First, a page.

Senior community seeks to expand on former Chevy's site

Senior community seeks to expand on former Chevy's site

Michele Ellson

A high-end senior community on Alameda’s waterfront is seeking permission to expand onto the site of a former Chevy’s restaurant.

Oakmont Senior Living wants to build a 52-unit assisted living and memory care facility on the site of the former Chevy’s on Mariner Square Drive, next to its existing Cardinal Point independent living facility. They’ll ask for the Planning Board’s blessing to build the three-story, 40,300-square-foot facility at the board’s meeting Monday.

Oakmont is also proposing unspecified upgrades to the shoreline that fronts the 0.93-acre property.

The project would be designed to match the existing Cardinal Point facility, and would generate a fraction of the traffic that Chevy’s once did, information provided to the Planning Board in advance of Monday’s meeting shows.

Cardinal Point’s 100 residents offered unanimous support for the project, which would offer higher levels of care that some said they may need as they continue to age.

“The new facility is greatly needed to serve not only present and future Cardinal Point residents but will fill a growing need for these services for residents of Alameda,” Cardinal Point resident and onetime Oakland City Councilman Richard Spees wrote on behalf of the facility’s residents.

Spees said the new facility will replace a building that has been empty and deteriorating for more than a decade and that shoreline path upgrades will eliminate slip and fall hazards that have caused accidents for Cardinal Point residents in the past.

H. Leabah Winter, a resident and former director of long-term care and aging for the state Department of Health Services, said a facility that provides additional assistance to people as they age and for dementia patients who may need a secure, locked place to live. And Winter, who moved into Cardinal Point with her husband and mother in 2008, said the waterside location is key.

“The location of the new Assisted Living and Memory Care facility adjacent to the Estuary will enable this more dependent population to enjoy the soothing views of the water from the common areas and many of their rooms,” Winter wrote.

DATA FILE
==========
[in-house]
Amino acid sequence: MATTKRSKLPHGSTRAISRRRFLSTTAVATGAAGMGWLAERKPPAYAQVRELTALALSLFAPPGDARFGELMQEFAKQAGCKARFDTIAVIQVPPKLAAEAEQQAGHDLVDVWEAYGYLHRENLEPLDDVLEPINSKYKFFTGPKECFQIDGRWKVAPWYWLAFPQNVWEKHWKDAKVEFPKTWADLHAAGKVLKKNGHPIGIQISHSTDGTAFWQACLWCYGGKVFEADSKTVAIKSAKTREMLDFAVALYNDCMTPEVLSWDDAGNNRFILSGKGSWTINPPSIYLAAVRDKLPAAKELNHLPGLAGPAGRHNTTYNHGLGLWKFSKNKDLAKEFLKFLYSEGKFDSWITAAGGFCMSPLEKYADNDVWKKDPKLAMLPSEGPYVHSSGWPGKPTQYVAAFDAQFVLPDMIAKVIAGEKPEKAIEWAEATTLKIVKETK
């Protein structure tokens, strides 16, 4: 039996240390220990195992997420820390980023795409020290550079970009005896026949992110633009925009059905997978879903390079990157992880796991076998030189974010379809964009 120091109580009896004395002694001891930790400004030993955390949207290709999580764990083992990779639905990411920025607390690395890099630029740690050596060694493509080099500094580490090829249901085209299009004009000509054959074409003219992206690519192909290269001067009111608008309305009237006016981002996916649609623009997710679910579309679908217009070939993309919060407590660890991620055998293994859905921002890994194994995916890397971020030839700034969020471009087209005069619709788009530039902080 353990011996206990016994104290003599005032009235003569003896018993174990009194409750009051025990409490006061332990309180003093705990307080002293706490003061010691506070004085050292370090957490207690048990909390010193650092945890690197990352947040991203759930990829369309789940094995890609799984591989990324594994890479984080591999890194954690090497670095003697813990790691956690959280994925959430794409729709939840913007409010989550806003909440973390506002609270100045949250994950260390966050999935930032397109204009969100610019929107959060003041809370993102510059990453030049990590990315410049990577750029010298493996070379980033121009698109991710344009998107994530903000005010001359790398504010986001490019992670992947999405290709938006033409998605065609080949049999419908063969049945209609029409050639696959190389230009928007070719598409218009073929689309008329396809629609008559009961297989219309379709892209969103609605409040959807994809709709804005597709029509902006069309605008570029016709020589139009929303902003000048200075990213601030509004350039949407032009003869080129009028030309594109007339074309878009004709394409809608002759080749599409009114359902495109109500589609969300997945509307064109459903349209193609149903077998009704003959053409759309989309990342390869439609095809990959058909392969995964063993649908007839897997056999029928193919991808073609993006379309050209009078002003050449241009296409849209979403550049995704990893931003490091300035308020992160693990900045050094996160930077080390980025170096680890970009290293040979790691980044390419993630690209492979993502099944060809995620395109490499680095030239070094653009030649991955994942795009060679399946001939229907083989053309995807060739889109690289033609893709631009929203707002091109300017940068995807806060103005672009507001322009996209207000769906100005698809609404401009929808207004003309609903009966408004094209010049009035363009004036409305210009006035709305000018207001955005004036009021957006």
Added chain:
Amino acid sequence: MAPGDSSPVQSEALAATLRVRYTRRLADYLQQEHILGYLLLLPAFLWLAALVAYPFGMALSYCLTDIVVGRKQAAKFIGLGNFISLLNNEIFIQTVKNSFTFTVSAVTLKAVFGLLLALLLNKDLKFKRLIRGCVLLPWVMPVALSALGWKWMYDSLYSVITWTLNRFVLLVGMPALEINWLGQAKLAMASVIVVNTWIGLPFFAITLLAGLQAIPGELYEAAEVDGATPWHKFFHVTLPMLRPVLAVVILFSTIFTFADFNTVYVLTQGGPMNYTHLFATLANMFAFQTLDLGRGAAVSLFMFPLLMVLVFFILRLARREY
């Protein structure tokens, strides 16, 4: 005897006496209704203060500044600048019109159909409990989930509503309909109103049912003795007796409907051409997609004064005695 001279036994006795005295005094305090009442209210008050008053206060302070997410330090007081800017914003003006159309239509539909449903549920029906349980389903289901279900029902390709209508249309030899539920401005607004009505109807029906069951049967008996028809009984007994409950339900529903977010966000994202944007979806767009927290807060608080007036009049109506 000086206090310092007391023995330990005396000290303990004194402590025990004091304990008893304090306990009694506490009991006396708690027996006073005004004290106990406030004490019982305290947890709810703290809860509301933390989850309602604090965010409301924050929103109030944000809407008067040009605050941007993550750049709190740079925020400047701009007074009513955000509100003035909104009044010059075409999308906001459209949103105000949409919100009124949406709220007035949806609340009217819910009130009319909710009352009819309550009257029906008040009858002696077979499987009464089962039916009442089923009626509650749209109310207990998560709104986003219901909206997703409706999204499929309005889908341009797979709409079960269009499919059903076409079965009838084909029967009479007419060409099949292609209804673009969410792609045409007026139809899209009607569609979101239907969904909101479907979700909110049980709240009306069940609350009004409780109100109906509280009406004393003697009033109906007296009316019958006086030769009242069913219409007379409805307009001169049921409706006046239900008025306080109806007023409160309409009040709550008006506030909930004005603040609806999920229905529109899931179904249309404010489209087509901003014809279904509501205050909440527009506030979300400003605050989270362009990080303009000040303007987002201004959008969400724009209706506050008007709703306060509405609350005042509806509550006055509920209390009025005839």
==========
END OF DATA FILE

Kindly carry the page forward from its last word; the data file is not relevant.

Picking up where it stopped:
A.V. Barnhill of Barnhill Marina and Boatyard, a Cardinal Point neighbor, also offered support for the proposed development, as did the Alameda Chamber of Commerce. The facility also neighbors John Beery Yachts, the Pasta Pelican restaurant, Commodore Events cruise ships and the Posey Tube.

“The current abandon(ed) restaurant is quickly falling into disrepair, reducing the value of Barnhill Marina,” Barnhill said. “Some of the floating home owners living here have expressed concern(s) about their safety when walking by the building.”

The assisted living facility would provide more assistance than residents in the existing Cardinal Point facility need, offering three meals a day and help with bathing, dressing, medication management and other day-to-day activities, in addition to housekeeping, laundry and recreation and social programs.

Oakmont has designed nearly three dozen senior communities on the West Coast, the company’s website says, including eight in California. About 1.5 million Californians used long-term care services in 2005, a number that Cardinal Point’s executive director, Michelle Moros, said will skyrocket as California’s Baby Boomers age.

In addition to earning a favorable Planning Board vote, the care provider will also need the City Council’s approval before moving forward, materials provided with the Planning Board’s agenda show, since the city’s general plan will need to be amended to allow additional senior living space on the site. But an environmental study of the potential impacts of the proposed project will not be required, they show.

The Planning Board’s meeting begins at 7 p.m. Monday in council chambers on the third floor of City Hall, 2263 Santa Clara Avenue. An agenda and meeting materials are available on the city’s website.